Scrap pensions triple lock to help save UK finances, says influential thinktank


Centre for Policy Studies plan includes new limits on child benefit and foreign aid cuts

A right-of-centre thinktank with close links to Downing Street has called for the pensions triple lock to be scrapped, the aid budget to be cut and child benefit further limited as part of £30bn worth of spending cuts designed to spare the UK from post Covid-19 tax increases.

The Centre for Policy Studies (CPS) said its nine-point plan would ensure that the government was getting value for money and ensure that frontline services were protected as the Treasury took steps to repair the public finances.

Related: UK economy nears ‘perilous turning point’ on Covid-19

Introduced in 2011 by the coalition government, the triple lock guarantees that the basic state pension will rise by a minimum of either 2.5%, the rate of inflation or average earnings growth, whichever is largest.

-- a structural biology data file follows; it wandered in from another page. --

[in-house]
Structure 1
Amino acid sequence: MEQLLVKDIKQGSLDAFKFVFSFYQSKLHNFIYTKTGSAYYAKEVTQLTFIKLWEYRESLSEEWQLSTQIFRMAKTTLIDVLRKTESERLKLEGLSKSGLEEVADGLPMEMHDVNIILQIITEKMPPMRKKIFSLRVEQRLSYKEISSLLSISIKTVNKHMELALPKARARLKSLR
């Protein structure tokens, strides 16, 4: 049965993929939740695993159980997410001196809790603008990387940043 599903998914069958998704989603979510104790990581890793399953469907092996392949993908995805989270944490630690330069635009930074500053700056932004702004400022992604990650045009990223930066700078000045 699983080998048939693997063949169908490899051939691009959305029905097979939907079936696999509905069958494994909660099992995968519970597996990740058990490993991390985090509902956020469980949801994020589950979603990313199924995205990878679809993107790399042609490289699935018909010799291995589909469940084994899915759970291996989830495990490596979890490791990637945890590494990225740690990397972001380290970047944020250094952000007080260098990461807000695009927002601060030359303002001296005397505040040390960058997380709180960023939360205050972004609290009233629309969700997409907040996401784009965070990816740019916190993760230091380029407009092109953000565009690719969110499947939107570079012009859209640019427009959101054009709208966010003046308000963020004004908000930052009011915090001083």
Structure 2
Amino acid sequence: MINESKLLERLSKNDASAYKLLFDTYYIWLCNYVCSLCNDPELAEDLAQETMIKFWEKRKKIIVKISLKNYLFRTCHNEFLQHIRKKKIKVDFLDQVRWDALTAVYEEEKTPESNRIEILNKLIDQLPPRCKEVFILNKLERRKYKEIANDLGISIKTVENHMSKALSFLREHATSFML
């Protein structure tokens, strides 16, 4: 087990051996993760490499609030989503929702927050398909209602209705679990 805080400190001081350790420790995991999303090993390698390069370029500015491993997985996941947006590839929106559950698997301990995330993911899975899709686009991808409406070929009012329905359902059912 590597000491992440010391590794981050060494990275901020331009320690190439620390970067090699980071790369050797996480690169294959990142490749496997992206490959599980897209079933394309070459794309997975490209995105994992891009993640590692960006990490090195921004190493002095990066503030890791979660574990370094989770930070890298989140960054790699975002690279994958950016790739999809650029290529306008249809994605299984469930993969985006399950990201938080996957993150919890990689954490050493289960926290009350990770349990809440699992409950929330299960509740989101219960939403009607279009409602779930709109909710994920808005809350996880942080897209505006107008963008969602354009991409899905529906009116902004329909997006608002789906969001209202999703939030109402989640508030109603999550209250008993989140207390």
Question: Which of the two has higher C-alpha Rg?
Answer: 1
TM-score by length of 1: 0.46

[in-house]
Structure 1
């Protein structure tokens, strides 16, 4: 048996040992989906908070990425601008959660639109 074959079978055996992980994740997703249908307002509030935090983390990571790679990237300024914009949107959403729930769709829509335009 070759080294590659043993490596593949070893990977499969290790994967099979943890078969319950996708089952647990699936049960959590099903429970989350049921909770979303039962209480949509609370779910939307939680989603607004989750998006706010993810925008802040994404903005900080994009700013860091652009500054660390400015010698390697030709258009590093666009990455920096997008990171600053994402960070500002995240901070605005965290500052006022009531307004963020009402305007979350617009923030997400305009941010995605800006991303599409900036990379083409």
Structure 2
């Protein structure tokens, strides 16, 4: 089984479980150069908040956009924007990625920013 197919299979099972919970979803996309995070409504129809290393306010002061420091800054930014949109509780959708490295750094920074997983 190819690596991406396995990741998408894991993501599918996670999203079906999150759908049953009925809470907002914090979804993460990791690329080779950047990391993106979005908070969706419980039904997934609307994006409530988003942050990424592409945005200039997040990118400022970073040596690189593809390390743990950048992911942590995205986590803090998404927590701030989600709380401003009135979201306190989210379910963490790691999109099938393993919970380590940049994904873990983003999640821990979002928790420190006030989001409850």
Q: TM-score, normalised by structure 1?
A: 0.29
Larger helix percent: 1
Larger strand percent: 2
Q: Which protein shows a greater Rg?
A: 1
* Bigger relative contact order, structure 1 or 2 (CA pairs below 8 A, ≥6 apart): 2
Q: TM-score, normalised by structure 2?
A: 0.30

A cut of 160,000 in public sector administrative staff at an estimated saving of £3.5bn.

The sale of high-value council homes and replacing them with cheaper properties (£1.5bn).

Reducing the number of quangos and combining their back-office functions (£3bn).

Streamlining local government and its administrative costs (£1bn).

Improving e-procurement and data sharing (£4.5bn).

Making child benefit part of the child tax credit system and tightening eligibility (£1bn).

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